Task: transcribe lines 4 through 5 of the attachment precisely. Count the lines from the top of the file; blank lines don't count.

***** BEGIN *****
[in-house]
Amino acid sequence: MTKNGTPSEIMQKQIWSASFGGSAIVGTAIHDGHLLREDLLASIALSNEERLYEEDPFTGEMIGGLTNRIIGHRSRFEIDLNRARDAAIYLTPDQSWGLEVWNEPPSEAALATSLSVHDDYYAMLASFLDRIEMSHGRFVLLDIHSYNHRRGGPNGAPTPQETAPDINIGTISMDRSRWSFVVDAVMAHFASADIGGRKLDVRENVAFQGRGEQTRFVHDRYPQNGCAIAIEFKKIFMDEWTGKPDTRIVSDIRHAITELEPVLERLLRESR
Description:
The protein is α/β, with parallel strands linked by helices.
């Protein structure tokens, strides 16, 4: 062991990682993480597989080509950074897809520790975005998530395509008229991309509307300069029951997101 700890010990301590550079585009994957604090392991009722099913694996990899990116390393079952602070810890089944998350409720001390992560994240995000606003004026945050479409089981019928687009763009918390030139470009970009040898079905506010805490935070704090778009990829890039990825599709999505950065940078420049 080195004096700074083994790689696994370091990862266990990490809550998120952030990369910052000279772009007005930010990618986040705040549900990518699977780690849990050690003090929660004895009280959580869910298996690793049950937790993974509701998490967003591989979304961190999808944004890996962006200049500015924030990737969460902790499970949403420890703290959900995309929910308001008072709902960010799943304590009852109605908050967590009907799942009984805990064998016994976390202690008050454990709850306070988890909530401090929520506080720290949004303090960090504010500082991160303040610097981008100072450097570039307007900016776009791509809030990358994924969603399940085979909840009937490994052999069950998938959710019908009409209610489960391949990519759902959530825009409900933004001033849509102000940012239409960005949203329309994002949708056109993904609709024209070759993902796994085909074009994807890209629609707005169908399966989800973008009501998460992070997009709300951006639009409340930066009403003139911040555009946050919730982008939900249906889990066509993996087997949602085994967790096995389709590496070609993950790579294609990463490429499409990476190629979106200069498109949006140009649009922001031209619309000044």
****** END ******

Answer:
The protein is α/β, with parallel strands linked by helices.
């Protein structure tokens, strides 16, 4: 062991990682993480597989080509950074897809520790975005998530395509008229991309509307300069029951997101 700890010990301590550079585009994957604090392991009722099913694996990899990116390393079952602070810890089944998350409720001390992560994240995000606003004026945050479409089981019928687009763009918390030139470009970009040898079905506010805490935070704090778009990829890039990825599709999505950065940078420049 080195004096700074083994790689696994370091990862266990990490809550998120952030990369910052000279772009007005930010990618986040705040549900990518699977780690849990050690003090929660004895009280959580869910298996690793049950937790993974509701998490967003591989979304961190999808944004890996962006200049500015924030990737969460902790499970949403420890703290959900995309929910308001008072709902960010799943304590009852109605908050967590009907799942009984805990064998016994976390202690008050454990709850306070988890909530401090929520506080720290949004303090960090504010500082991160303040610097981008100072450097570039307007900016776009791509809030990358994924969603399940085979909840009937490994052999069950998938959710019908009409209610489960391949990519759902959530825009409900933004001033849509102000940012239409960005949203329309994002949708056109993904609709024209070759993902796994085909074009994807890209629609707005169908399966989800973008009501998460992070997009709300951006639009409340930066009403003139911040555009946050919730982008939900249906889990066509993996087997949602085994967790096995389709590496070609993950790579294609990463490429499409990476190629979106200069498109949006140009649009922001031209619309000044």